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1942 unrestored 48 button Aeola treble worth


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After calling last night, I just dropped by the store and showed the owners a playable unrestored concertina I recently purchased for $300.

 

I was sure there would never be a sale between us however I was still curious to see if it had brass or aluminum reeds and what type of chambers, etc. I wanted to help answer the questions here and felt sorry for this neglected 80 year old instrument sitting in its case for maybe 50 years and the unconditioned bellows being played and maybe cracking.  Instruments need to be loved!

 

i was willing to make a high as possible offer myself if everything checked out but we never got to that point.  I had let it go already but all the interest on c.net made me curious again.

 

The concertina is a difficult instrument when it comes to buying and selling and even getting parts and working with restorers because even though not that popular, the supply is quite low and many are very old and appeal to collector enthusiasts with the money who are hoarding them as antiques.  I was once sent a photo of a full book case displaying their one of each tortoise and amboyna collection. All I could think about was those poor lonely instruments and the musicians struggling to get something decent including myself at that time.  In the 50s and 60s you couldn’t give concertinas away (like an old upright piano today) and they were being given a quick tuning with a dremel destroying the reeds but now it’s unbelievably hard as a player to get a decent unmolested instrument at a good price.  I’ve been a musician for 40 years and am often surprised I made it with the concertina because of all my initial hassles and expensive mistakes.  Buyer beware!  I feel really discouraged today!

 

In the end, i think it is better just to buy from a private individual for an unrestored instrument or just bite the bullet and get a fully restored concertina once you know the concertina is for you.  Just let one come to you.  Be patient.  I am starting to ask myself if these rescue missions are worth it and just have to let them go.

 

Sorry, no photos of the inside.

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Edited by 4to5to6
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I ended up buying this concertina after the store called me late at night a few days ago with a very low offer.  So bizarre!  I let it go but it came back to me.  I opened it up at the store to see what type of reeds, etc. and it was absolutely spotless with zero rust and it played much better than at my first visit with no notes sounding, just stuck reeds.  

 

Brought it home... after a little bit of Connolly hide care and cleaning out a bunch of debris that had caused the pads to stick open and to clog reeds, it now plays really well.  One squeaky reed left to tweak and a slightly leaking pad still but it’s a real winner.  And to my complete surprise it is in factory modern A440 concert pitch!  An unmolested Wheatstone Aeola with factory tuned modern pitch reeds!  What s find.  I guess the multiple notes sounding threw off my tuner when I first checked it.  With some research, it appears wheatstone changed over to A440 in 1939.  I will have to go through the ledgers to see if there are any notes on the old / new pitch change over.  It was really out of tune with itself at first but after only two days it is almost perfect.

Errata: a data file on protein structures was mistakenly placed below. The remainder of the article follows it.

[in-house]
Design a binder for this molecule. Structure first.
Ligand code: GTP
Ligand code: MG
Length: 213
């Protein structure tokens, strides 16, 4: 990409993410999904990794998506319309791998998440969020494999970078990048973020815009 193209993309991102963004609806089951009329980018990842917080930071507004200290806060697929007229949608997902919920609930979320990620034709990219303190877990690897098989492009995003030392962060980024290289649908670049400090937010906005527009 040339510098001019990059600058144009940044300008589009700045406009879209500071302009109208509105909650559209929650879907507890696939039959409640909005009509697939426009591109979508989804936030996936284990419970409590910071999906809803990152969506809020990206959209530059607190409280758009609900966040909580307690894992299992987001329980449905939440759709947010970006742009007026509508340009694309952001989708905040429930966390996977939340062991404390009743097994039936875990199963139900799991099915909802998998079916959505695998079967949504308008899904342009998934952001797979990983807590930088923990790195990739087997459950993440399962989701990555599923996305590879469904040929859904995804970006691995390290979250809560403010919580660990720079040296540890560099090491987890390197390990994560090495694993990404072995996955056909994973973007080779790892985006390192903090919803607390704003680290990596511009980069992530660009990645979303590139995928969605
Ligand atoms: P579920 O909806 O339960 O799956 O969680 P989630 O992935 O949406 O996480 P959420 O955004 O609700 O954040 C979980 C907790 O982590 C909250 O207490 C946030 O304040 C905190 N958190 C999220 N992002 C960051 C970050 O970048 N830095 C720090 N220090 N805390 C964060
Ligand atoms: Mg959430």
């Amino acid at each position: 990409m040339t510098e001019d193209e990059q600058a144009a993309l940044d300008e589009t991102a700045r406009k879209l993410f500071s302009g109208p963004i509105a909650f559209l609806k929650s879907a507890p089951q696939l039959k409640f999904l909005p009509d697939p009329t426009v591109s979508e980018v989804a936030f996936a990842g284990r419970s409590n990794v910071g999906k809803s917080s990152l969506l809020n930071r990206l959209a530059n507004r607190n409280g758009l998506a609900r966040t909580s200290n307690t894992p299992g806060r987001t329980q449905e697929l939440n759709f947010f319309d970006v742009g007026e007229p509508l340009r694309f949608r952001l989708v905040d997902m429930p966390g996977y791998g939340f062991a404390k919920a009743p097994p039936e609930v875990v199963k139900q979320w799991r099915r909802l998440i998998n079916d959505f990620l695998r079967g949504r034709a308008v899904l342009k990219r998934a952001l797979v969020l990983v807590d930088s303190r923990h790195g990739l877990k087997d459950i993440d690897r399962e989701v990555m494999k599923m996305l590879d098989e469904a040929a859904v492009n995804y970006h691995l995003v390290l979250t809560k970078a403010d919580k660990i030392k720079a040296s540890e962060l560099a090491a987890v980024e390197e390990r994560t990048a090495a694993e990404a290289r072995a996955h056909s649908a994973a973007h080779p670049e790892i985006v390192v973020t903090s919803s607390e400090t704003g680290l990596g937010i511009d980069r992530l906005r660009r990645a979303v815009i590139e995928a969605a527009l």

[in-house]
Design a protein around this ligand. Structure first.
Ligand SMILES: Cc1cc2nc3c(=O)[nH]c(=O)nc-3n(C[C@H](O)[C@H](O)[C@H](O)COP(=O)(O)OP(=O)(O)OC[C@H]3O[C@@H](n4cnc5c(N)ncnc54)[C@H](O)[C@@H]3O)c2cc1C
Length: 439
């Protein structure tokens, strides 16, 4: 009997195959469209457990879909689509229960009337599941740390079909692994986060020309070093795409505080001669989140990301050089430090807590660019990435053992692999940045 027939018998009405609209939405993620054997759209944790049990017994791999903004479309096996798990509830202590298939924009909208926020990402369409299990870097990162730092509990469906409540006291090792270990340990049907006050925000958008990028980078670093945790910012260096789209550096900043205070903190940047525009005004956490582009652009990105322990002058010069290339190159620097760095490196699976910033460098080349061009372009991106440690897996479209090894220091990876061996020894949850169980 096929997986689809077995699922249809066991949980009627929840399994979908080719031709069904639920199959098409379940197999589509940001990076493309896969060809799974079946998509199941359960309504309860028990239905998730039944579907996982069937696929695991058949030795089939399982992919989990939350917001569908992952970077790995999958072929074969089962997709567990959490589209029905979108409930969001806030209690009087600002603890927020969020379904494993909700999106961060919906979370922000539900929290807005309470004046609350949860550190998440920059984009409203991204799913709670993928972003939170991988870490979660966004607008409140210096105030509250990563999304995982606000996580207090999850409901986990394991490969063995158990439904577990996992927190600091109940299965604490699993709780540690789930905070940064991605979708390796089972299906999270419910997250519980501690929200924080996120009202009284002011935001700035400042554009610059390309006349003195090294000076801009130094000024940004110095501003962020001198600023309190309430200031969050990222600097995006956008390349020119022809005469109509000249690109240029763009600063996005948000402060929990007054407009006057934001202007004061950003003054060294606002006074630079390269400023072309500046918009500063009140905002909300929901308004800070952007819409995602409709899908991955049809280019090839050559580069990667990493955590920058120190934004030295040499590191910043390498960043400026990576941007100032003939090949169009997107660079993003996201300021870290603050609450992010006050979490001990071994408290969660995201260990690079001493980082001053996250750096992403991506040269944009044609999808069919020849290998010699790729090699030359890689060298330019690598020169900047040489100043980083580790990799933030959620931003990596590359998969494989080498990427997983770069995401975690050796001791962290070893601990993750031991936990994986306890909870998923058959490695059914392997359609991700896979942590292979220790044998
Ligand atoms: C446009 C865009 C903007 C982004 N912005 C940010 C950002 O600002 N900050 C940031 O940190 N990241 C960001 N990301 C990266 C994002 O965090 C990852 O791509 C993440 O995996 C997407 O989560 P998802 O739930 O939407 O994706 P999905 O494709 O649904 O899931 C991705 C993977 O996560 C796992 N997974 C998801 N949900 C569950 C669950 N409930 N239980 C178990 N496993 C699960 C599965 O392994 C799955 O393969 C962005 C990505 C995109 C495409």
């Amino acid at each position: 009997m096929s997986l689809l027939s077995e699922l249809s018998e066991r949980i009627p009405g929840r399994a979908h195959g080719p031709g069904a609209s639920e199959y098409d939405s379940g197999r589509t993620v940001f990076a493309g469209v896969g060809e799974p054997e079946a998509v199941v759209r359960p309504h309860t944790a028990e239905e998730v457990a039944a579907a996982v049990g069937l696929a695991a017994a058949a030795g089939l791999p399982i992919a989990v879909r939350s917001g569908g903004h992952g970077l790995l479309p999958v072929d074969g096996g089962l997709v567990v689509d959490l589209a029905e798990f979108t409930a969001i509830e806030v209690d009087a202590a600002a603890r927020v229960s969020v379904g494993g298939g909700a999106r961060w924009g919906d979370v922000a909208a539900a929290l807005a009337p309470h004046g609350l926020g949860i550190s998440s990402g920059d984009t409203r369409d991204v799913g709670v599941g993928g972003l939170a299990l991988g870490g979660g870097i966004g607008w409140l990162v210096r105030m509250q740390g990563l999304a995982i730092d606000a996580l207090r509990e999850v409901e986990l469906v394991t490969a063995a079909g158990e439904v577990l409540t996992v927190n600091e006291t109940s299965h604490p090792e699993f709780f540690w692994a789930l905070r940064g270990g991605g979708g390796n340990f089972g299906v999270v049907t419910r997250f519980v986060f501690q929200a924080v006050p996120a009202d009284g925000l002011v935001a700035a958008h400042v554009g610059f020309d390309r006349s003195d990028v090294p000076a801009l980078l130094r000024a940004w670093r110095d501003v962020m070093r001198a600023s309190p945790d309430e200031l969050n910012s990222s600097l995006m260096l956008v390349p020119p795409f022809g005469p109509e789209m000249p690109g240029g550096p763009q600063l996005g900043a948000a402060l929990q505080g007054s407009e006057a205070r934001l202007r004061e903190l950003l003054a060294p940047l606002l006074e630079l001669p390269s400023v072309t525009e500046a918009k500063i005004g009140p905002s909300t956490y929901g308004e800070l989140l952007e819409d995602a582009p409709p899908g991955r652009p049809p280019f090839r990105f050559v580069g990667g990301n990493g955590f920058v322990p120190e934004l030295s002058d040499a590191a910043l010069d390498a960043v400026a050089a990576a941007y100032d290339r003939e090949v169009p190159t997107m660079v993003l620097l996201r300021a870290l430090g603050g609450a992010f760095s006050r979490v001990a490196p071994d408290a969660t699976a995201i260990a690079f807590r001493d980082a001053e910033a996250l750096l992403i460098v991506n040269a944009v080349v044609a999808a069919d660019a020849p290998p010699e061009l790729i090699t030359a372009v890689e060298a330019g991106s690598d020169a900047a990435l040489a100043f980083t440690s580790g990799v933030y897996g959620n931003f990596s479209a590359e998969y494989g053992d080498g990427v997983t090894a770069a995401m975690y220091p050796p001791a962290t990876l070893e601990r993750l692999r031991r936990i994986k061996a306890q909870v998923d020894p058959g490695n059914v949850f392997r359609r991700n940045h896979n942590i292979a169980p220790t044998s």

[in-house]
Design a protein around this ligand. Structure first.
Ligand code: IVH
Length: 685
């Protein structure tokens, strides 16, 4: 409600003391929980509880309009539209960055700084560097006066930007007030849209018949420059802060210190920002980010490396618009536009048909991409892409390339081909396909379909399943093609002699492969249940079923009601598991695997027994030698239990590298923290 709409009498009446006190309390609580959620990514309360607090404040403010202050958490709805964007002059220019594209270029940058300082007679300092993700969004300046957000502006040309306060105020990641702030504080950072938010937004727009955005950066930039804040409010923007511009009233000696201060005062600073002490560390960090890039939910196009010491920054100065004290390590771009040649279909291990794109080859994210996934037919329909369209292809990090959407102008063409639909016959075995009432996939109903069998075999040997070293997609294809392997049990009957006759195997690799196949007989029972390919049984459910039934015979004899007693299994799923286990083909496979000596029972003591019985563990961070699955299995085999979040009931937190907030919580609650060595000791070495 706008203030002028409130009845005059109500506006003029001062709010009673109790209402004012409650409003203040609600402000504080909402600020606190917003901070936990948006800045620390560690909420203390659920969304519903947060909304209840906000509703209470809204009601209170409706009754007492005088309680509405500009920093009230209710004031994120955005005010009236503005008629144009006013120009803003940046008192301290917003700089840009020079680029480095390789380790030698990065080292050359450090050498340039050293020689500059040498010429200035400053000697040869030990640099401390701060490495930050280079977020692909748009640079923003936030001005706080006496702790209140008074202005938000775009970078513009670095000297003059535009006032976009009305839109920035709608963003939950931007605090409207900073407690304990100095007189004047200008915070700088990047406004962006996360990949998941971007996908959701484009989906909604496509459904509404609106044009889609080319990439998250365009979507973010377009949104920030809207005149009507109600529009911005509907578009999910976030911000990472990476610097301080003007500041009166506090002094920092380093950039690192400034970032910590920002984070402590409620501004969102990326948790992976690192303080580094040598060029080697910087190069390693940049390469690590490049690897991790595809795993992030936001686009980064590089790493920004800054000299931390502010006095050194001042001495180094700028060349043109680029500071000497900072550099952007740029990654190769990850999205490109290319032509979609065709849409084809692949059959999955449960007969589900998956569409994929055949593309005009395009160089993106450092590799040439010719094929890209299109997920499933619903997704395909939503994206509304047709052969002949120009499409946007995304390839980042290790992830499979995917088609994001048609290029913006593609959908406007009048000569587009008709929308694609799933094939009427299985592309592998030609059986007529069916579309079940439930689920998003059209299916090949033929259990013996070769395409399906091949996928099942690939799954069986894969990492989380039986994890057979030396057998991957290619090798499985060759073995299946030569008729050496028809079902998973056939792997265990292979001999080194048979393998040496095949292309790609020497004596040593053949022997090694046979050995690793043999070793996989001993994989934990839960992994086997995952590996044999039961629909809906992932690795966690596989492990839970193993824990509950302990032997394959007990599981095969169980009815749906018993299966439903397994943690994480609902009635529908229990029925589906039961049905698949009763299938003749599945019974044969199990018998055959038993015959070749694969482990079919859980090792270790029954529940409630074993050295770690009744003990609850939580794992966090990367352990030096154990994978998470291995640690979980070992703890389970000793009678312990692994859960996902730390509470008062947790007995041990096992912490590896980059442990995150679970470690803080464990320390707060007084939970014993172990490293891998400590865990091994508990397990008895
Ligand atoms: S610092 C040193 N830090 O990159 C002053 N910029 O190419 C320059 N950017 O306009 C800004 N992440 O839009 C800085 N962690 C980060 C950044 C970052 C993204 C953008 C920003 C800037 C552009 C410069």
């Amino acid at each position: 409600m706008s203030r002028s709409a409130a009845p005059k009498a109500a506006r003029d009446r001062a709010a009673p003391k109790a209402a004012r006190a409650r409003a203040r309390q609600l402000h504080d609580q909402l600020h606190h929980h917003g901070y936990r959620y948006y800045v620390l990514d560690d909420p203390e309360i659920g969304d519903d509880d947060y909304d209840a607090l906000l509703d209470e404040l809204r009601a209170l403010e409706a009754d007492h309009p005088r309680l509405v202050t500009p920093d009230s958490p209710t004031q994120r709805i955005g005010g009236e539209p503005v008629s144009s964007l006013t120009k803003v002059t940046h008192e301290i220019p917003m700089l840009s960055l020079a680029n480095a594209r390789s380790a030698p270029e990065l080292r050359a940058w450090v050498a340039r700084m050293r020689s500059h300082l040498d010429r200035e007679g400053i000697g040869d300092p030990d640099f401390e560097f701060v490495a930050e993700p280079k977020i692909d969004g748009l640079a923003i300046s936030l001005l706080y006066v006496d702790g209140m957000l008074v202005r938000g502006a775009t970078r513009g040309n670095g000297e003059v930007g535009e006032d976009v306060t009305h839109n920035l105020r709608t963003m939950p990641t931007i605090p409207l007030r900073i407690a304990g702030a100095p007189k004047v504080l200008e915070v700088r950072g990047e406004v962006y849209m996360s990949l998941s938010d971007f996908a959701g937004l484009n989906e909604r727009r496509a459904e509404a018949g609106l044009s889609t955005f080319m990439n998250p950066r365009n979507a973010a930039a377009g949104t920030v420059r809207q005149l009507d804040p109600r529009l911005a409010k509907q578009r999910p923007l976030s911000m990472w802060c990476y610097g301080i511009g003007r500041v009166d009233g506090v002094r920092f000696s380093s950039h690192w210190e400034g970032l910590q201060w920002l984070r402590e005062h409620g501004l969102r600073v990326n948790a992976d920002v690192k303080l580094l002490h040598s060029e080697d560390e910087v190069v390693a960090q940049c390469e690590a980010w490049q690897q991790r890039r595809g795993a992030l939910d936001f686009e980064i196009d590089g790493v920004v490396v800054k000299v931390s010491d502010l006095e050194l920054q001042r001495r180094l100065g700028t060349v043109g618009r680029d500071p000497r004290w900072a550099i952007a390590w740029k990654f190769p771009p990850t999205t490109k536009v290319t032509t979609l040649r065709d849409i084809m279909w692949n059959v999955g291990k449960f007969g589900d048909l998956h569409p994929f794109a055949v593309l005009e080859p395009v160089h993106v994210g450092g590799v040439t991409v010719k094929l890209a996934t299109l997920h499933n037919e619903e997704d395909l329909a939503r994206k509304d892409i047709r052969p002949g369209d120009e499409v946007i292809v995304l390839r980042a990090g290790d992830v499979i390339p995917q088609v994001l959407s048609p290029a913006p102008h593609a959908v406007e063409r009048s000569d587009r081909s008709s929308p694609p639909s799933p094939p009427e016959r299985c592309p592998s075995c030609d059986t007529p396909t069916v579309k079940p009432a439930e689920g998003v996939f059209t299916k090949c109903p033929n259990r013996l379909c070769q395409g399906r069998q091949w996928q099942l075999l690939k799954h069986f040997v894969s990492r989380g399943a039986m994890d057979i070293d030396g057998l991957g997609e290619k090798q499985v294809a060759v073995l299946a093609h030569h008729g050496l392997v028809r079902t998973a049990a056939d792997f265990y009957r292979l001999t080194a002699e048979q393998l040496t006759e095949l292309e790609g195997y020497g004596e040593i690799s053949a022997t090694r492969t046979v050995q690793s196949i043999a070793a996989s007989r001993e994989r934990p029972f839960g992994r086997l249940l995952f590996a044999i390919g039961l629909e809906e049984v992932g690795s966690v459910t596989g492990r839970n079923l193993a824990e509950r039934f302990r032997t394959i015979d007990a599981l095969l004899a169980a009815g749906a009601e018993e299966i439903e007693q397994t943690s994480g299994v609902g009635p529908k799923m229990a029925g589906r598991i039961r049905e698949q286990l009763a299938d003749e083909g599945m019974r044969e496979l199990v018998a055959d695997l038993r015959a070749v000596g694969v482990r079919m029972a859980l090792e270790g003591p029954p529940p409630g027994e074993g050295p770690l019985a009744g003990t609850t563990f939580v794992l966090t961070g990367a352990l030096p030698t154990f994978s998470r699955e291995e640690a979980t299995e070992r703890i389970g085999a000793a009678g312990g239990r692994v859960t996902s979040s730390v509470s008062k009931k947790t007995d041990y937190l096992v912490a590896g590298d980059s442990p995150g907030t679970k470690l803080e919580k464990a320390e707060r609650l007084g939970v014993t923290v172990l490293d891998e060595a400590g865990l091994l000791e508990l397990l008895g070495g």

I’m still breaking it in again but it is really coming to life.  Loud and responsive, not shrill at all. Very pleasant tone and balance.  A winner!  Very smooth yet very responsive in only two days playing after all the neglect.  Best loud/soft dynamic control of any concertina I’ve ever played... so much expression and control!  Bellows is really loosening up with Connolly.  It has always been in one family since new so I guess I’m the second owner.  The store doesn’t count :).  Steel reeds with brass shoes.  Some curled valves but no big deal.  Bonus 8 fold bellows with no leaks or wear.  Wow!  Mid wartime 1942 was a good year for concertinas after all.  I would like to know more about this Wheatstone era.

 

All is well that ends well!  Thanks for all the comments and all the help.  A few photos of the inside attached below.  I will also attach a few photos of the outside once it’s polished up a bit better.

 

DDF1CBAC-F9AF-4C40-BF4D-79898723F800.jpeg

 

D809FAAB-696C-4A47-8189-F489C2EAC59E.jpeg

Edited by 4to5to6
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Button is now fixed.  I didn’t notice it at first.  I’ll continue to tweak things as they come up.  A few pads may need changing too but I’m hoping they wii seat in again and some curled valves and a few sticky end plate bushings but I’ll just play it as is for now to see how it continues to wake up.  I’ve been doing full range chromatic scales up and down on push and pull to get all the reeds working again.  So far, really impressed at its expression with its tone and superior dynamic range.  Not what I expected from my first initial impression. My musician wife was smiling away last night admiring my playing which doesn’t always happen. 😞   It’s finally getting the love it deserves after many years of neglect. :)

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Edited by 4to5to6
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